Severe Plasmodium falciparum malaria infections can often be diagnosed by examining a patient’s retina because the disease can cause changes in the blood vessels and the retina’s color. The prognostic significance of this outcome was not clear until recently, however. Researchers reported last month (March 26) in eLife that certain changes in the retina’s fovea—namely, foveal whitening and orange, defective blood vessels—are strongly associated with death in patients with cerebral malaria. The findings may provide a useful marker for diagnosing severe infections, the researchers write.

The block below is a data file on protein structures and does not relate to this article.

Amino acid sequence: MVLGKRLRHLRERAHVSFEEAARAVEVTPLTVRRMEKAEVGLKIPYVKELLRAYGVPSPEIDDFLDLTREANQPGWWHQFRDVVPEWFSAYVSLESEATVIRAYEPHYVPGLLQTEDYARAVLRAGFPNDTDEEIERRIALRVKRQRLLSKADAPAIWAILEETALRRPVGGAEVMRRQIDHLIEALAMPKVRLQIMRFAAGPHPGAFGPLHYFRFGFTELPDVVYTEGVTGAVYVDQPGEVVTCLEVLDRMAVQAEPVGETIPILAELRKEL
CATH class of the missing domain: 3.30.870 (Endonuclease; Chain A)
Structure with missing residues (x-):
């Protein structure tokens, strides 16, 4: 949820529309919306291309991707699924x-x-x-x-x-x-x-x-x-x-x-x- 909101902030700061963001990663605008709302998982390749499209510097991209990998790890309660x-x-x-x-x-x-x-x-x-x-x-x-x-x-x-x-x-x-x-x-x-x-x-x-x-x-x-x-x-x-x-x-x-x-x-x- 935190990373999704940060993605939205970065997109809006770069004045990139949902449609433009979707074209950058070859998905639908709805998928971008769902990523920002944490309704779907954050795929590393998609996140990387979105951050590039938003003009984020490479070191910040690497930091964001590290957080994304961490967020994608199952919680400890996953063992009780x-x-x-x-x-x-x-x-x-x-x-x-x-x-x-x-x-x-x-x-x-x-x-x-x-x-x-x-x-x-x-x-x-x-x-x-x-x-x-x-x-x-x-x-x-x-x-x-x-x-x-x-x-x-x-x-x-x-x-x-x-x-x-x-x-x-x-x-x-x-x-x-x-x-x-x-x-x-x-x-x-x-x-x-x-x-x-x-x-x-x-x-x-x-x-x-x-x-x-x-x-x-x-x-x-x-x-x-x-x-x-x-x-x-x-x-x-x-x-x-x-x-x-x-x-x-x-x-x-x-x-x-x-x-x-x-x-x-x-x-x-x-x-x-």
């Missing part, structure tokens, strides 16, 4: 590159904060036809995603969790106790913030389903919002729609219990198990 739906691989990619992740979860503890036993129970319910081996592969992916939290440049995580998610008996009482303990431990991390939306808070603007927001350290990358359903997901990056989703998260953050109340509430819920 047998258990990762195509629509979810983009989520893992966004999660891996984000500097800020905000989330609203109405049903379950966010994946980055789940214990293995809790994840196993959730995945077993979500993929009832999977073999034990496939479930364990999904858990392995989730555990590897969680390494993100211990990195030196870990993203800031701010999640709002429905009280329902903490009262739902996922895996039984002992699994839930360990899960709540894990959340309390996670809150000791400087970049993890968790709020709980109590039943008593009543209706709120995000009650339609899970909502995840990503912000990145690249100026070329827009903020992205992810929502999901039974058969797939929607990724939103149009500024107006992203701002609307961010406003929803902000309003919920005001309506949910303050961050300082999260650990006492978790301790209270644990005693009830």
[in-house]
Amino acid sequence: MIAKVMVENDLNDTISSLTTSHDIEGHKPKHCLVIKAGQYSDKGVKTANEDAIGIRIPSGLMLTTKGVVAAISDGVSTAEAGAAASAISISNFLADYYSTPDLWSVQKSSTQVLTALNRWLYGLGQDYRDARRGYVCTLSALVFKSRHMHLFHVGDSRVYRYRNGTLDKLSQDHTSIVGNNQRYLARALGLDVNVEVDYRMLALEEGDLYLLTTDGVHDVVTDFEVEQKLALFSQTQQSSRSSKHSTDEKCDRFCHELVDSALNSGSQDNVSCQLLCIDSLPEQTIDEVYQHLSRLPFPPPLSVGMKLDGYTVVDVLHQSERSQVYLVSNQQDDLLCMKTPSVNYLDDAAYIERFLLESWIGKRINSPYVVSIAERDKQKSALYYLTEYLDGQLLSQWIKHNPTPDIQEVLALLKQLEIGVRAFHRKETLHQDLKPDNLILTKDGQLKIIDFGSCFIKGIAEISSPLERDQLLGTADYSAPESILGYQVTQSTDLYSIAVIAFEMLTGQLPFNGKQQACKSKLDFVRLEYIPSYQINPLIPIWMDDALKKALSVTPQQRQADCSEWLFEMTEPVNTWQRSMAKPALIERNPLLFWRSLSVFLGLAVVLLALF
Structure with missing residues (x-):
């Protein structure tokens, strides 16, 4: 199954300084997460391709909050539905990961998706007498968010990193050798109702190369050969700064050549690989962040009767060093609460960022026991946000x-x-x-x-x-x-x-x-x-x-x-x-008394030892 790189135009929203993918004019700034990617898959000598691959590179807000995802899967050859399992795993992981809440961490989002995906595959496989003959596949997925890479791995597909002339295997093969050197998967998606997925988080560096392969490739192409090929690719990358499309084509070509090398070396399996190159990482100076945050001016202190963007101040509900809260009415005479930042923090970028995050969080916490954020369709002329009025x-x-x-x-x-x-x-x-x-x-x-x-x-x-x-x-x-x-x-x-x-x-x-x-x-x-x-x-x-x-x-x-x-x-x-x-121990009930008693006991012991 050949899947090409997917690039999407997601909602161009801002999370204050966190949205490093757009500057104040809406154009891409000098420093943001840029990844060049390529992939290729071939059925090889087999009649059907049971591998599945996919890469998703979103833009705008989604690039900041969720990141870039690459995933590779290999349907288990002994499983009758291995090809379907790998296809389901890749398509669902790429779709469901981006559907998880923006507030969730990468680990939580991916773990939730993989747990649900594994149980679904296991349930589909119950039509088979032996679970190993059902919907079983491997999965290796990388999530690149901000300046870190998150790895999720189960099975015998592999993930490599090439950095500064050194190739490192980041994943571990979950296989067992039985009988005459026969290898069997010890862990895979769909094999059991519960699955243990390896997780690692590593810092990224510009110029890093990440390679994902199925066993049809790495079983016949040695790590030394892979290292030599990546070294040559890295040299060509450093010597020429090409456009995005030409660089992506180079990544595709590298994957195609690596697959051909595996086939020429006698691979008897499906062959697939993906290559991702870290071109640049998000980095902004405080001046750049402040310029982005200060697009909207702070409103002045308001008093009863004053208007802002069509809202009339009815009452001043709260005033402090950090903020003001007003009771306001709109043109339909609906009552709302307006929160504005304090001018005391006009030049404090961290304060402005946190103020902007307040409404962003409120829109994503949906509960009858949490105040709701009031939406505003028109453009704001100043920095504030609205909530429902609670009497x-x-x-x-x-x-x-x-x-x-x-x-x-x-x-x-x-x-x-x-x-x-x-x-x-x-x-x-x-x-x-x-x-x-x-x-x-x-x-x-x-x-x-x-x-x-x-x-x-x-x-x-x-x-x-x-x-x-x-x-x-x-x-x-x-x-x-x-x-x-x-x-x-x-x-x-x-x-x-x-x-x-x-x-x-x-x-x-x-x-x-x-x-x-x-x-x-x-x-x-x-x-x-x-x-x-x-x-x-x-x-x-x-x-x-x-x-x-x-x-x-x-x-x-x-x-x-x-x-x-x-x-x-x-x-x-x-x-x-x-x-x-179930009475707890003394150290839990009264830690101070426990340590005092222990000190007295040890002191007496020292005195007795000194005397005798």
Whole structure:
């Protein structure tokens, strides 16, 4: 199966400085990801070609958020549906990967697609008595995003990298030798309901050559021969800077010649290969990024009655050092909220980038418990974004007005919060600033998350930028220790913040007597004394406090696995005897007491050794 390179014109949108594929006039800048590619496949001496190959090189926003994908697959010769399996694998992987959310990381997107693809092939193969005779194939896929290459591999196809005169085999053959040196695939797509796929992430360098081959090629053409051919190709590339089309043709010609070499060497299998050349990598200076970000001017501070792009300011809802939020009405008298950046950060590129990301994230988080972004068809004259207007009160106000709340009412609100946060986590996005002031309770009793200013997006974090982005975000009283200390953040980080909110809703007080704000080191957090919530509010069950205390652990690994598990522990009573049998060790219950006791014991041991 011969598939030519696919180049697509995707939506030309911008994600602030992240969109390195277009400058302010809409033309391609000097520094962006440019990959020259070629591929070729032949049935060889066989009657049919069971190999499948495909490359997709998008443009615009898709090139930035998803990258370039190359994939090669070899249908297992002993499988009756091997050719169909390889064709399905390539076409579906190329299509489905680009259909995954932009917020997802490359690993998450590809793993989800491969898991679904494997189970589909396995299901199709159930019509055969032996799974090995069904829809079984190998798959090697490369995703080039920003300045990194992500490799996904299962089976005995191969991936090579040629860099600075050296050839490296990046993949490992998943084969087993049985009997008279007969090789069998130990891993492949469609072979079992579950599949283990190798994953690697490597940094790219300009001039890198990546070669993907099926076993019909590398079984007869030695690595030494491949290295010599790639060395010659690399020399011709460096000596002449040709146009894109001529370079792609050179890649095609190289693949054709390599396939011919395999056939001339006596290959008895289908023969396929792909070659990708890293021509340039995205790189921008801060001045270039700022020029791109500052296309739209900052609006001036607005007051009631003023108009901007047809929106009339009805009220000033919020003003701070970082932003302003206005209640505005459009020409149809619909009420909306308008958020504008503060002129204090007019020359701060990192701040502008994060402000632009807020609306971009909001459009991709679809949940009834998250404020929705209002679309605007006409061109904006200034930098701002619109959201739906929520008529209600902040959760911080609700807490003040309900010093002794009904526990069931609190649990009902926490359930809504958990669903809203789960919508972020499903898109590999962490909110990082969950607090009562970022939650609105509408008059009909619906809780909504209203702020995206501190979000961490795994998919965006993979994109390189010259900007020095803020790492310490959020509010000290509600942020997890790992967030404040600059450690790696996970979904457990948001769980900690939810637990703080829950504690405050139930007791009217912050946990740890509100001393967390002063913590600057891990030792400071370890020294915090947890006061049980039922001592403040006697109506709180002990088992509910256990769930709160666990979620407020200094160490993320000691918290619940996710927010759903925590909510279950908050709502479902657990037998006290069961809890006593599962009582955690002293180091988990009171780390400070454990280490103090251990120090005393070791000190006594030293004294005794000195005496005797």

V. Berrera et al., “Neurovascular sequestration in paediatric P. falciparum malaria is visible clinically in the retina,” eLife, doi:10.7554/eLife.32208, 2018.

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